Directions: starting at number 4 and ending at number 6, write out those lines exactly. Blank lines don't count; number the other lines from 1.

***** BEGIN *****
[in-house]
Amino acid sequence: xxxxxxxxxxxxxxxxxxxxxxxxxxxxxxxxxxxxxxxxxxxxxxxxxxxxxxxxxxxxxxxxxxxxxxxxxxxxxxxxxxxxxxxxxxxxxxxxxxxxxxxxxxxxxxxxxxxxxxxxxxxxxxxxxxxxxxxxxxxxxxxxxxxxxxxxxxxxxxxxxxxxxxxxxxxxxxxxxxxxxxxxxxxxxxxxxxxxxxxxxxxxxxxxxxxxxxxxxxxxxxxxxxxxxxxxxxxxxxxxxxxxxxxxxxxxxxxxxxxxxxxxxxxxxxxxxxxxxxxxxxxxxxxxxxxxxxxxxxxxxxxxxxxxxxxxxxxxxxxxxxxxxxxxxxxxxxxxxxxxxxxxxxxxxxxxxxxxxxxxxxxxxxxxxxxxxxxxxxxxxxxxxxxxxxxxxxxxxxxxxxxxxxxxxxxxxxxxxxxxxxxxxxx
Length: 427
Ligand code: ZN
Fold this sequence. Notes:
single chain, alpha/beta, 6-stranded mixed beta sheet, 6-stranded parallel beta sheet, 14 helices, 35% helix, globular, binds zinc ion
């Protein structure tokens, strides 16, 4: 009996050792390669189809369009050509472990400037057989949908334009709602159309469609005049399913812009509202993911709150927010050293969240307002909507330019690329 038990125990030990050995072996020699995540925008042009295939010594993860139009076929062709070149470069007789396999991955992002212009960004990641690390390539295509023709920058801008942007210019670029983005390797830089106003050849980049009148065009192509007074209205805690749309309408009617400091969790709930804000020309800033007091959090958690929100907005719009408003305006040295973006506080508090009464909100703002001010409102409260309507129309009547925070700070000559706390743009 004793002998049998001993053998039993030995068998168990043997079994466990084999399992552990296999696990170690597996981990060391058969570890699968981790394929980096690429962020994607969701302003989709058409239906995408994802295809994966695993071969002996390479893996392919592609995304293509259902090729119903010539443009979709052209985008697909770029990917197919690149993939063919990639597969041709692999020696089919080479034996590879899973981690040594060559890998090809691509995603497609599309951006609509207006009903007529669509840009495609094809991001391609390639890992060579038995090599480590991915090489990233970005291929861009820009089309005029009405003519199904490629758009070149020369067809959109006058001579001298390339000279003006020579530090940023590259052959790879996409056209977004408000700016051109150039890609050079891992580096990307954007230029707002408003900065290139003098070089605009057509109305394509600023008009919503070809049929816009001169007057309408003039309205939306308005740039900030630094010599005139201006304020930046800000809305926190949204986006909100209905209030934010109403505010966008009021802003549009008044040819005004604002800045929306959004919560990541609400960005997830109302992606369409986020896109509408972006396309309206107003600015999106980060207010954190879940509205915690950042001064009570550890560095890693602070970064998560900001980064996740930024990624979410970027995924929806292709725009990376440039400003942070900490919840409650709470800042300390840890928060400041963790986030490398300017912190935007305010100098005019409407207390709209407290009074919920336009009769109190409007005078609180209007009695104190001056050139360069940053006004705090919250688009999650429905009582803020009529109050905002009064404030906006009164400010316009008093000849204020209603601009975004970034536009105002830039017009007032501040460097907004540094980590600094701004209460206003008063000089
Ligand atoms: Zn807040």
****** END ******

Ligand code: ZN
Fold this sequence. Notes:
single chain, alpha/beta, 6-stranded mixed beta sheet, 6-stranded parallel beta sheet, 14 helices, 35% helix, globular, binds zinc ion